Operative intervention in delivery is associated with compromised early mother-infant interaction

Heather J. Rowe-Murray, Jane R.W. Fisher

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99 Citations (Scopus)


Objective. To investigate the effects of mode and place of delivery on first mother-infant contact and maternal emotional wellbeing. Design. A prospective, longitudinal study. Participants. A sociodemographically representative sample of 203 consecutive primiparous women was recruited, of whom 81% (n = 164) were followed up. Setting. Four metropolitan hospitals, including one accredited baby friendly hospital, in Melbourne, Australia, 1997. Methods. During the postnatal hospital stay women were interviewed and medical records were inspected. Participants completed two self-report psychometric measures: the Edinburgh Postnatal Depression Scale (EPDS) and the Profile of Moods States (POMS). Follow up at eight months postpartum comprised completion of a postal questionnaire and repeat administration of the standardised self-report psychometric mood questionnaires. Results. The First Contact Index provides a measure of the first contact between a mother and her baby after the birth. Two-way analysis of variance revealed significant differences in First Contact Index between three modes of delivery groups: spontaneous, instrumentally-assisted, and caesarean section (P < 0.001) and four hospital of delivery groups (P < 0.001), but there was no significant interaction effect (P = 0.55). Significant negative correlations existed between the First Contact Index and both the POMS and EPDS scores at two days postpartum (POMS, r = -0.339, 95% CI -0.46 to -0.22; EPDS, r = -0.279, 95% CI -0.41 to -0.16), even within delivery groups, and these were still present at eight months postpartum (POMS, r = -0.298, 95% CI -0.44 to -0.14, EPDS, r = -0.206, 95% CI -0.36 to -0.03). Conclusion. Instrumental and surgical delivery exert a negative impact on first postnatal contact between a mother and her baby which has persistent adverse maternal emotional correlates. Hospital practices associated with obstetric intervention in delivery also varied and are amenable to change, enabling optimal first mother-baby interaction regardless of mode of delivery.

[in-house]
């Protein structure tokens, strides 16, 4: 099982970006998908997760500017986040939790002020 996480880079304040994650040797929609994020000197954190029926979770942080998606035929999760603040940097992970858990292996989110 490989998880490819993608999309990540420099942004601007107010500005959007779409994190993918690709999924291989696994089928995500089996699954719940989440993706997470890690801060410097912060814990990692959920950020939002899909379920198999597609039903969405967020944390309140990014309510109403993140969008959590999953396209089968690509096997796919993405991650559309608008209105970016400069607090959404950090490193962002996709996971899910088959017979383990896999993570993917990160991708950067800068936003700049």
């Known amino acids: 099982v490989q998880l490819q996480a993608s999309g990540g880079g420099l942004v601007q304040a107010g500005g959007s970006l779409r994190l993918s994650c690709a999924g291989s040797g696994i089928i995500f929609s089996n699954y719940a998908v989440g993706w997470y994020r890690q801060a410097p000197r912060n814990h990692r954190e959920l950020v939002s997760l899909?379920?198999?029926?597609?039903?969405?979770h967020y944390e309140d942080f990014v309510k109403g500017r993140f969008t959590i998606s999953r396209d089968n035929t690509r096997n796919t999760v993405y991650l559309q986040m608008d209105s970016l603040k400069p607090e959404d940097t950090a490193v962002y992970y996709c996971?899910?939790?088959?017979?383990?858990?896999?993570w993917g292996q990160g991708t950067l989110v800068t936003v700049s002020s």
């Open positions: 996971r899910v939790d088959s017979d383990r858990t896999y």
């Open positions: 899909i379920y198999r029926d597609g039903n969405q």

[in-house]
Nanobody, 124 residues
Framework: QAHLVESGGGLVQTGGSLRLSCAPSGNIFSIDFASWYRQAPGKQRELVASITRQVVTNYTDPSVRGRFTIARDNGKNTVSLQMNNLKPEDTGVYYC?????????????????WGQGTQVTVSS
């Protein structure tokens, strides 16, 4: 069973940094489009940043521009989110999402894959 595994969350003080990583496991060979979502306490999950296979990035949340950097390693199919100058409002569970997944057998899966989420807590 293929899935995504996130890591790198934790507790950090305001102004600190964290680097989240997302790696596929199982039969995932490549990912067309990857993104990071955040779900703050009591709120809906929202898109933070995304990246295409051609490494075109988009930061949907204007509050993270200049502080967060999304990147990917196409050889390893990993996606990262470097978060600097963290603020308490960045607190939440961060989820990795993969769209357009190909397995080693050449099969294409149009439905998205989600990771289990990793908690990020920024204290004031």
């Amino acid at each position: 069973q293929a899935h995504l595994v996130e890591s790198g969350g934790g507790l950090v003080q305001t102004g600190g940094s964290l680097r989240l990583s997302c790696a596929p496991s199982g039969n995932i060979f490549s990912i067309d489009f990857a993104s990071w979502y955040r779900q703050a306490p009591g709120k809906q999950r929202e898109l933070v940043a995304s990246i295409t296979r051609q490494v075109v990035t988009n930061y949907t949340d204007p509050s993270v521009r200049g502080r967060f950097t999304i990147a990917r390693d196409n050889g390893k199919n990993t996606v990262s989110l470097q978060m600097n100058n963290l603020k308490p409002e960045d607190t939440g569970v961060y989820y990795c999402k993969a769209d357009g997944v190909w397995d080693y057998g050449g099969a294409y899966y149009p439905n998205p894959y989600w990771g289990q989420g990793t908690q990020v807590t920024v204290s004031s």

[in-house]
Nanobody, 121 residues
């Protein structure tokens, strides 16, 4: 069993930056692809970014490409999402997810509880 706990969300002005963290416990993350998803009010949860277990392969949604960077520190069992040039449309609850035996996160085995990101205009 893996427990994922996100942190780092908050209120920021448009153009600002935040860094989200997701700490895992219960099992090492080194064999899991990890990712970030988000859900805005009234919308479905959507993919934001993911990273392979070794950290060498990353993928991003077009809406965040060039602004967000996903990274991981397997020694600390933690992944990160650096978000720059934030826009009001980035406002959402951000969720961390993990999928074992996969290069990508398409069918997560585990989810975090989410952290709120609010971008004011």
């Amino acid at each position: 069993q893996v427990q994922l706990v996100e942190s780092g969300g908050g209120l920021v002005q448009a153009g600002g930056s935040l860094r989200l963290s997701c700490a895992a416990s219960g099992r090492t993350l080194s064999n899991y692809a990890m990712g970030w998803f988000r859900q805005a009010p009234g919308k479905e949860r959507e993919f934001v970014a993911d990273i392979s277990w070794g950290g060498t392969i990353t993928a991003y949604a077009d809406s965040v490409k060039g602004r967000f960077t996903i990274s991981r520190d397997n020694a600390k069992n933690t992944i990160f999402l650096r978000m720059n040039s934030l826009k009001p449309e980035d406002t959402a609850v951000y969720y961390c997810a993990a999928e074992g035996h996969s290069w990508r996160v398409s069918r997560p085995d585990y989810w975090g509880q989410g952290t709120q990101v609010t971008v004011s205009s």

Original languageEnglish
Pages (from-to)1068-1075
Number of pages8
JournalBritish Journal of Obstetrics and Gynaecology
Issue number10
Publication statusPublished - 25 Oct 2001
Externally publishedYes

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